I stiffened.

“Cut the engine!” Rick told the pilot. Then, to me, “Climb out!”

“Climb out!” Rick yelled again. With all my strength I reached through the heavy wind to the strut, grasped it, and slid my foot down onto the step. My left hand grasping the strut, I slowly struggled to pull myself out until I was standing on the locked wheel.

The wind tore at me, sucking the breath out of my mouth and nose. It forced my long red sleeves up around my shoulders, where they swelled and flapped flamboyantly. Below me, the world, a nauseating blur. I turned my face to the doorway, waiting for Rick to tell me to jump. But he was motioning for me to come back. “Get back in!” he yelled. Get in? My mind reeled. No one had taught me how to get in. Getting out was all I’d learned. Exiting and jumping. My hands froze to the strut and my feet grew to the wheel. Then Rick, leaned out, grabbed my parachute pack and my red jumpsuit and yanked me back into the plane. “Why?” I yelled as the roaring engine blew blizzards of cold air into the cabin. “You took too long! We were way past the target!” All my courage, all my brave dreams of excitement, all everything was gone. I was exhausted and sore and scared out of my wits. “Take me down! I’m not jumping!” I shouted. The plane circled and climbed. Rick shouted, “You’ve got to jump!” “No I don’t!” “I’ll take you down, but then we won’t get to jump either,” Rick shouted. Rick was all decked out in his orange parachute outfit. The jumper behind him wore yellow. “The pilot didn’t cut the engine enough for you!” he yelled. “I’ll make him cut it more.”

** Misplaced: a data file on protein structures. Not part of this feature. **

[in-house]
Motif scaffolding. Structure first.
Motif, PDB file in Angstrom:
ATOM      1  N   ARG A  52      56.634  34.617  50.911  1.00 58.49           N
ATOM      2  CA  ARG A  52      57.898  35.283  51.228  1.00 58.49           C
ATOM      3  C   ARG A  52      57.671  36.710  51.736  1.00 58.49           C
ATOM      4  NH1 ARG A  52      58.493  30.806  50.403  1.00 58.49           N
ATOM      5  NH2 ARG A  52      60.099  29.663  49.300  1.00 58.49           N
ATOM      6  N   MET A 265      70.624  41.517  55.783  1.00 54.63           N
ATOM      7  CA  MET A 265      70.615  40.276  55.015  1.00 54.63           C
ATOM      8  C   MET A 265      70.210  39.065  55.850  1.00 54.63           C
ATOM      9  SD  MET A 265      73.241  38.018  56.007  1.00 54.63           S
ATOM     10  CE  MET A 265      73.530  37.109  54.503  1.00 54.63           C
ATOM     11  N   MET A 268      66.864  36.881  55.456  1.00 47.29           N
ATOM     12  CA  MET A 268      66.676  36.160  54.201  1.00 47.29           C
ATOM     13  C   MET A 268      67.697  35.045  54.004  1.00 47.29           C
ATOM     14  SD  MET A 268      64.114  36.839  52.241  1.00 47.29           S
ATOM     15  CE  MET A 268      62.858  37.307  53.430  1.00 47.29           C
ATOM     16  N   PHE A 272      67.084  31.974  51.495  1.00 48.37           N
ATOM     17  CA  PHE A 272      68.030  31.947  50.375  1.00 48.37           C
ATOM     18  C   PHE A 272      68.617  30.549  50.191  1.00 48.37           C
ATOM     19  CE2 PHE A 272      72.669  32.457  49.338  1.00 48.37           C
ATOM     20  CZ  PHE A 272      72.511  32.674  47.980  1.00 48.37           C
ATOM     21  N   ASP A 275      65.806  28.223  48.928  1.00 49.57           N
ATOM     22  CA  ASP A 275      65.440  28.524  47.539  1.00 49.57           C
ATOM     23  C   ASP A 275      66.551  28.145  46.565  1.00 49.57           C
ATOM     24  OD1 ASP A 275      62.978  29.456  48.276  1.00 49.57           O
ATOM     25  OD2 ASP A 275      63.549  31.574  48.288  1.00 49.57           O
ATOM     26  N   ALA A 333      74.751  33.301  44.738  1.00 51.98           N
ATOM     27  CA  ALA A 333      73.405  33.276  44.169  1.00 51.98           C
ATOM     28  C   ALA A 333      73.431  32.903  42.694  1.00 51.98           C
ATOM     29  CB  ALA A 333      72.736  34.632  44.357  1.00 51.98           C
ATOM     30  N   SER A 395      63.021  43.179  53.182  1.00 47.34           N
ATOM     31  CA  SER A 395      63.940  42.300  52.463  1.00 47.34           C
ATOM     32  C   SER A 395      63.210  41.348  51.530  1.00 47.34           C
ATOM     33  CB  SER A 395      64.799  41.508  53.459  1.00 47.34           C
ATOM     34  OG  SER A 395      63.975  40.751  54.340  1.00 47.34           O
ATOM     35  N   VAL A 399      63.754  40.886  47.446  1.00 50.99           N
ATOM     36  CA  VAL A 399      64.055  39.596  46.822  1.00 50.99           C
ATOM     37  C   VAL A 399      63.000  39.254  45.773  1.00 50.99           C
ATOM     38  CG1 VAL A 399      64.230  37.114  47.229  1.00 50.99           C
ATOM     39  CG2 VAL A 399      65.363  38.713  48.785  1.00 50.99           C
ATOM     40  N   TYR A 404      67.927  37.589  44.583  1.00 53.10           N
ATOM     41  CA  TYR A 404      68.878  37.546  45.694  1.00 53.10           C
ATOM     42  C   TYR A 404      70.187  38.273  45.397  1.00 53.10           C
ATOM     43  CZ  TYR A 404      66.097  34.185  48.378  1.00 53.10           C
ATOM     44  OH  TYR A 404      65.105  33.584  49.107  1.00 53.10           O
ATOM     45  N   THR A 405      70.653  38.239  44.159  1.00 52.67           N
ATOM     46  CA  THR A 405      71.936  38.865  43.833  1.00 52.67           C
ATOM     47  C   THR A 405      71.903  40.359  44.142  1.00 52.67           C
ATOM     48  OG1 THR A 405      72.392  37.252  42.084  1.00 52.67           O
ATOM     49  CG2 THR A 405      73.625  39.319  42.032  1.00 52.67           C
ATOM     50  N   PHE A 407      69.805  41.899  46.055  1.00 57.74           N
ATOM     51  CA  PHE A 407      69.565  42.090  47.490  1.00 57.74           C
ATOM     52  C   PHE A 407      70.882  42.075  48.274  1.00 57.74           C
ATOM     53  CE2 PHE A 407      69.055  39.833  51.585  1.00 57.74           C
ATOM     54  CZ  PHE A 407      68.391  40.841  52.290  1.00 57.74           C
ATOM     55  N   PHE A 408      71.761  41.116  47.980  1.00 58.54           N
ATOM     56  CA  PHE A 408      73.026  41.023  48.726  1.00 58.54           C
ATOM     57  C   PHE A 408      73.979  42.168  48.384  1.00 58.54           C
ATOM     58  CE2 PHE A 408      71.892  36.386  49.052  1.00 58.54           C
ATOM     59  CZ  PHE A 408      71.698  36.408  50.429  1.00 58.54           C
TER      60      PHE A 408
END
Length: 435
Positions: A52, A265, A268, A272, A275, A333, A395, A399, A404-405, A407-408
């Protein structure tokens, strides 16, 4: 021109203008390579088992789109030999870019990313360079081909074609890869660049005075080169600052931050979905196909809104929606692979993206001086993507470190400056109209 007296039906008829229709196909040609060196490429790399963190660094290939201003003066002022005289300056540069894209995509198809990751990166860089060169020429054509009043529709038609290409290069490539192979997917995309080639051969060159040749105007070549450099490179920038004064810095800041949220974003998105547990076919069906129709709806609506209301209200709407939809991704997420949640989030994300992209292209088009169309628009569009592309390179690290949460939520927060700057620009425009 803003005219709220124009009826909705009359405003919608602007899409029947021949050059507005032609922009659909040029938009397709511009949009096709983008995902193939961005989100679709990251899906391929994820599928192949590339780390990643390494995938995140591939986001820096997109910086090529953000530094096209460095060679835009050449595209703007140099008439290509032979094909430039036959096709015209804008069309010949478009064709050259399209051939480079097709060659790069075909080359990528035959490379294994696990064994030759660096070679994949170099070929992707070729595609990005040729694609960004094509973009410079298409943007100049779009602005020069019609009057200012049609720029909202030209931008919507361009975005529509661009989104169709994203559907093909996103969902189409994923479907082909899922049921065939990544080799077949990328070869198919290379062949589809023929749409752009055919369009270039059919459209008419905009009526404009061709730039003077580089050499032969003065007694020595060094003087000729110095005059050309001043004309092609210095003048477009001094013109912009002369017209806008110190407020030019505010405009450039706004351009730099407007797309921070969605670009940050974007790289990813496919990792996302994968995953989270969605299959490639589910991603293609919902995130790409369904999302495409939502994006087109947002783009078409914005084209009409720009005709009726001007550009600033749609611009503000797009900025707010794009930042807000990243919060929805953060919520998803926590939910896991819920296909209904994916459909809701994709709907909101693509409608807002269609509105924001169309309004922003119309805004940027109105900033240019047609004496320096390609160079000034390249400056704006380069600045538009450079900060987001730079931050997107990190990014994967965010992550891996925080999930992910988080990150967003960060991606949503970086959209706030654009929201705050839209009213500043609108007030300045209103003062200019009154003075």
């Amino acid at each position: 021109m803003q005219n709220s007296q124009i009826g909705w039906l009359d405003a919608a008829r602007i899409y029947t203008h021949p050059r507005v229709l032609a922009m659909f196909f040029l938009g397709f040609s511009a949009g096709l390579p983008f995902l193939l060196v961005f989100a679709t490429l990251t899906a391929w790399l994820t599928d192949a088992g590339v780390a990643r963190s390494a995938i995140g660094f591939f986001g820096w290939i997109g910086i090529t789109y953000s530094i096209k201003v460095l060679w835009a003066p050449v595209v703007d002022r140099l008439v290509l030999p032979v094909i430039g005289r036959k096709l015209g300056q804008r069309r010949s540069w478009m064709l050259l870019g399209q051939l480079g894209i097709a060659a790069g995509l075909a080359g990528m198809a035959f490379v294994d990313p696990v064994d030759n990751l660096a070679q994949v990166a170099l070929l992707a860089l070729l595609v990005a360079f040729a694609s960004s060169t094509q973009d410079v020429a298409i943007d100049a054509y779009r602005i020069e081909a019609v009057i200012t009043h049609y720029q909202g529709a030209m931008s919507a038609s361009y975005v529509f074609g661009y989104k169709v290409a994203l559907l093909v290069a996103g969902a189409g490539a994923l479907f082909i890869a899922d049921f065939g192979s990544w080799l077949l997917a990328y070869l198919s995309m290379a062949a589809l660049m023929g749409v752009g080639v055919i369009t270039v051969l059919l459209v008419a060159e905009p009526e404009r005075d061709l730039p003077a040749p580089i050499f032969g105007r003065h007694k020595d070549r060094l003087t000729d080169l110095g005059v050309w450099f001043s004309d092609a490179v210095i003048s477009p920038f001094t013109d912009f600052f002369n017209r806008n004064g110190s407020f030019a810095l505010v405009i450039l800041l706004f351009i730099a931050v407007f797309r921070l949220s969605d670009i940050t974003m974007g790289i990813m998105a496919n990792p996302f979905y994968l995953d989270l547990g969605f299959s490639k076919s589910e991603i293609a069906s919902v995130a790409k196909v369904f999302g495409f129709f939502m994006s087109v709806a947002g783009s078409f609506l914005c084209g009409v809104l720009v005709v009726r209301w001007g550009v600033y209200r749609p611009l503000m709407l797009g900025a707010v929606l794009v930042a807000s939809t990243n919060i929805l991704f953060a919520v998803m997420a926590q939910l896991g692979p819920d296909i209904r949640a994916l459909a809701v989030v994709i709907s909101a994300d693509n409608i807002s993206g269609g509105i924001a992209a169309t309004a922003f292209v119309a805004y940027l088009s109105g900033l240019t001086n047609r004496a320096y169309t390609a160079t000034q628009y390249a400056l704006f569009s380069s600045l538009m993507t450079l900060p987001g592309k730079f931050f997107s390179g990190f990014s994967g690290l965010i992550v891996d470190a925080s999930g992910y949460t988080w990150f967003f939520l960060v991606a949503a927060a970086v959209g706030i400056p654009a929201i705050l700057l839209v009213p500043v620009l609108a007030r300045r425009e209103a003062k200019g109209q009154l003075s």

“No! I’m too scared! I’m scared to death!” “We’re all scared!” he yelled back as the plane continued to circle and


The plane made its final turn toward the jump zone. I felt dead inside. I’d go ahead and jump, but I’d never again set a parachute-booted foot inside another plane. “Cut it!” Rick yelled. “Climb out!” Like a robot I obeyed and quickly found myself standing on the


“Jump!” he commanded.

I let go of the strut, and shot backwards. Fear screamed through me as

I spread out into the falling position. Then I saw the lakes and rivers below,

silver-blue surrounded by the green land. White clouds smudged the thick, blue sky. In a moment my chute opened. And I was suddenly floating. The chute billowed comfortingly overhead. The plane was gone. I floated in gentle silence, a warm peace surging through me.

I reached up, and pulled my steering toggles, turning myself 360-

degrees and marveling at the beauty below. The world spread out in soft

hazy colors – greens and browns and blues.

merely soft round mounds fitting gently into the pattern of beauty. The silence of the sky, the glory of the world, the sense of freedom throbbing through me, answered all my questions. Now I knew, really knew

why I’d wanted to jump.

The hills were no longer huge,